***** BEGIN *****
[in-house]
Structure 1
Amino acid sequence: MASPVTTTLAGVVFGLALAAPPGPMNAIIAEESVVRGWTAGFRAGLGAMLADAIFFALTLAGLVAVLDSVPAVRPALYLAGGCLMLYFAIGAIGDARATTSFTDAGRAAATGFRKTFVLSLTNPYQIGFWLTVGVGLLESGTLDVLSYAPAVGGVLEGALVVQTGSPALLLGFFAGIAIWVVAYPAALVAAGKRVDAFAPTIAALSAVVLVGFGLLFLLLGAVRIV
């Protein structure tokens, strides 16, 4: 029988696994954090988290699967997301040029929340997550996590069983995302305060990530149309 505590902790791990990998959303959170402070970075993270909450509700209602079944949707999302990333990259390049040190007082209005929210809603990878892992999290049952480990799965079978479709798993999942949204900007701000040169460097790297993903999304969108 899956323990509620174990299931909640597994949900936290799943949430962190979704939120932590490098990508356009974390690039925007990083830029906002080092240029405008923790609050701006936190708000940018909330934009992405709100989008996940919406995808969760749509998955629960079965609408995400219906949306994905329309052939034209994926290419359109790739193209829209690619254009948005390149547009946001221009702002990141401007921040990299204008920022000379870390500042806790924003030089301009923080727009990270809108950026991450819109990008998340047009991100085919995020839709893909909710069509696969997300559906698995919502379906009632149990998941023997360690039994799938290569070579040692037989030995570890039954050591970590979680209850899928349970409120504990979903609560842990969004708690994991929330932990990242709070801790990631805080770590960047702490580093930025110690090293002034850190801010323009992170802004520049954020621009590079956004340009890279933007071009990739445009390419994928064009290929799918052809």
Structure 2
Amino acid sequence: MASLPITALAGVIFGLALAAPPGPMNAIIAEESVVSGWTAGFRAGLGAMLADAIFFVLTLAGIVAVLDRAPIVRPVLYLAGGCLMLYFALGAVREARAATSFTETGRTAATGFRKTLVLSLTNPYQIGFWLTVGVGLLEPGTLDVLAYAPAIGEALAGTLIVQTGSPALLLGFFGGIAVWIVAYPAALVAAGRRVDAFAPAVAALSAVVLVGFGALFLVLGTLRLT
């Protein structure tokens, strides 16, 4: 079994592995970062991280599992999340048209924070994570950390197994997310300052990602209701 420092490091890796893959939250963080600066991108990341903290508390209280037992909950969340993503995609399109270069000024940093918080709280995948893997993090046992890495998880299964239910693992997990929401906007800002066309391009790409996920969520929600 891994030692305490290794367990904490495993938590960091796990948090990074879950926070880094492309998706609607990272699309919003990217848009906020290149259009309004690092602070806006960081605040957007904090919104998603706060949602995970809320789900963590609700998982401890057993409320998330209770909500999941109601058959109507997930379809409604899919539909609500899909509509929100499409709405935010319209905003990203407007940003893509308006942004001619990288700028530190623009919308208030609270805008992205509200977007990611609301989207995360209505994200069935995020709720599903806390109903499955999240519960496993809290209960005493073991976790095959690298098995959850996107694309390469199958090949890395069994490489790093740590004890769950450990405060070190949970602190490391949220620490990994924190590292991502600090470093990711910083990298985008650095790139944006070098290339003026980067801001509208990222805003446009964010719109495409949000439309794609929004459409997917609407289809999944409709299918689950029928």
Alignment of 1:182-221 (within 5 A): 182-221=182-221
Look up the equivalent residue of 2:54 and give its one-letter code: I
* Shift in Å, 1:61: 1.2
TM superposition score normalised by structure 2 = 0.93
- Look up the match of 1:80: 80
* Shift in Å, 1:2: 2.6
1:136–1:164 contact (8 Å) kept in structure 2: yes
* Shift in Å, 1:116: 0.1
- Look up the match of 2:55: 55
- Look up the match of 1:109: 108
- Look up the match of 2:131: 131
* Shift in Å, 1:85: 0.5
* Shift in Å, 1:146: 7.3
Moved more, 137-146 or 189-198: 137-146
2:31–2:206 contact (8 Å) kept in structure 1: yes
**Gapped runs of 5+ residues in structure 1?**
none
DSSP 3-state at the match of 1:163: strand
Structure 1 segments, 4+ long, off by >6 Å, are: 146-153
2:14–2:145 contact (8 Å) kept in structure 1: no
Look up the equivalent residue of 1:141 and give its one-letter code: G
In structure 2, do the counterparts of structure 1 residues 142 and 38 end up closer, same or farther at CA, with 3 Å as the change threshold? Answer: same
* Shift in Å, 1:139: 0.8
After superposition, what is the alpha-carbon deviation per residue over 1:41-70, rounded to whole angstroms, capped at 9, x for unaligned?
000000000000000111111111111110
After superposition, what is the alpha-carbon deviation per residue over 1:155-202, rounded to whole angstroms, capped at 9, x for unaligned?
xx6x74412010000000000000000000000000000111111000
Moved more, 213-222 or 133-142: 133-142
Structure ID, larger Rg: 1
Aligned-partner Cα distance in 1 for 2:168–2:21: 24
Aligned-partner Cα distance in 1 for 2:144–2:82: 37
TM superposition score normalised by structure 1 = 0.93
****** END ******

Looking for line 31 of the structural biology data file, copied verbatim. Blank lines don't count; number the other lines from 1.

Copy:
After superposition, what is the alpha-carbon deviation per residue over 1:41-70, rounded to whole angstroms, capped at 9, x for unaligned?